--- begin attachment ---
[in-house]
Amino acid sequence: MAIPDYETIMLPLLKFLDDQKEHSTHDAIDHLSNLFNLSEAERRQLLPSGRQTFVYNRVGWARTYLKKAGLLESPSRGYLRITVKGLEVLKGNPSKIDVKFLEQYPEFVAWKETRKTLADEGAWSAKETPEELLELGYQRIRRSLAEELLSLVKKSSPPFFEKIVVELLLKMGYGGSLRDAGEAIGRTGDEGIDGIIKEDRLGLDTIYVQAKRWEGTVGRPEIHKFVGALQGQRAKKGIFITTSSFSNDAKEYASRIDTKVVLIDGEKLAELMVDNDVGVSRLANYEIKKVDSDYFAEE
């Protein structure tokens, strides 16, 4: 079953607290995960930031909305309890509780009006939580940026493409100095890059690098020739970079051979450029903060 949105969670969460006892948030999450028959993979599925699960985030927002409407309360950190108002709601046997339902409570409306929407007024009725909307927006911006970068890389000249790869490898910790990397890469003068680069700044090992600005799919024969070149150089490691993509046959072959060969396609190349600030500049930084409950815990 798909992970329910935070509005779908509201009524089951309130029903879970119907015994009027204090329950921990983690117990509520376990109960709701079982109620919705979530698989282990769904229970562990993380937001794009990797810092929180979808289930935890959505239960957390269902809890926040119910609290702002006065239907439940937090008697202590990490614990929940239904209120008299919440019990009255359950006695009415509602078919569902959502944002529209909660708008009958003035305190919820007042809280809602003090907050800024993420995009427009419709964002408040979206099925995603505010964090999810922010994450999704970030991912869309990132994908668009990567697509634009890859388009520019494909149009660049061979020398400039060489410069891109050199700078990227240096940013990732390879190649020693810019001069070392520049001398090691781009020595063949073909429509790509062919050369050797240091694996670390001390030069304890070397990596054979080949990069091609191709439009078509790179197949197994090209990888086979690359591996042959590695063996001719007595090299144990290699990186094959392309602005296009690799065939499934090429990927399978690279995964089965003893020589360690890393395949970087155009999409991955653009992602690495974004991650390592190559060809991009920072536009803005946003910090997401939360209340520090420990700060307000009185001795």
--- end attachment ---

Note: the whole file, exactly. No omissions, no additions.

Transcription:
[in-house]
Amino acid sequence: MAIPDYETIMLPLLKFLDDQKEHSTHDAIDHLSNLFNLSEAERRQLLPSGRQTFVYNRVGWARTYLKKAGLLESPSRGYLRITVKGLEVLKGNPSKIDVKFLEQYPEFVAWKETRKTLADEGAWSAKETPEELLELGYQRIRRSLAEELLSLVKKSSPPFFEKIVVELLLKMGYGGSLRDAGEAIGRTGDEGIDGIIKEDRLGLDTIYVQAKRWEGTVGRPEIHKFVGALQGQRAKKGIFITTSSFSNDAKEYASRIDTKVVLIDGEKLAELMVDNDVGVSRLANYEIKKVDSDYFAEE
């Protein structure tokens, strides 16, 4: 079953607290995960930031909305309890509780009006939580940026493409100095890059690098020739970079051979450029903060 949105969670969460006892948030999450028959993979599925699960985030927002409407309360950190108002709601046997339902409570409306929407007024009725909307927006911006970068890389000249790869490898910790990397890469003068680069700044090992600005799919024969070149150089490691993509046959072959060969396609190349600030500049930084409950815990 798909992970329910935070509005779908509201009524089951309130029903879970119907015994009027204090329950921990983690117990509520376990109960709701079982109620919705979530698989282990769904229970562990993380937001794009990797810092929180979808289930935890959505239960957390269902809890926040119910609290702002006065239907439940937090008697202590990490614990929940239904209120008299919440019990009255359950006695009415509602078919569902959502944002529209909660708008009958003035305190919820007042809280809602003090907050800024993420995009427009419709964002408040979206099925995603505010964090999810922010994450999704970030991912869309990132994908668009990567697509634009890859388009520019494909149009660049061979020398400039060489410069891109050199700078990227240096940013990732390879190649020693810019001069070392520049001398090691781009020595063949073909429509790509062919050369050797240091694996670390001390030069304890070397990596054979080949990069091609191709439009078509790179197949197994090209990888086979690359591996042959590695063996001719007595090299144990290699990186094959392309602005296009690799065939499934090429990927399978690279995964089965003893020589360690890393395949970087155009999409991955653009992602690495974004991650390592190559060809991009920072536009803005946003910090997401939360209340520090420990700060307000009185001795």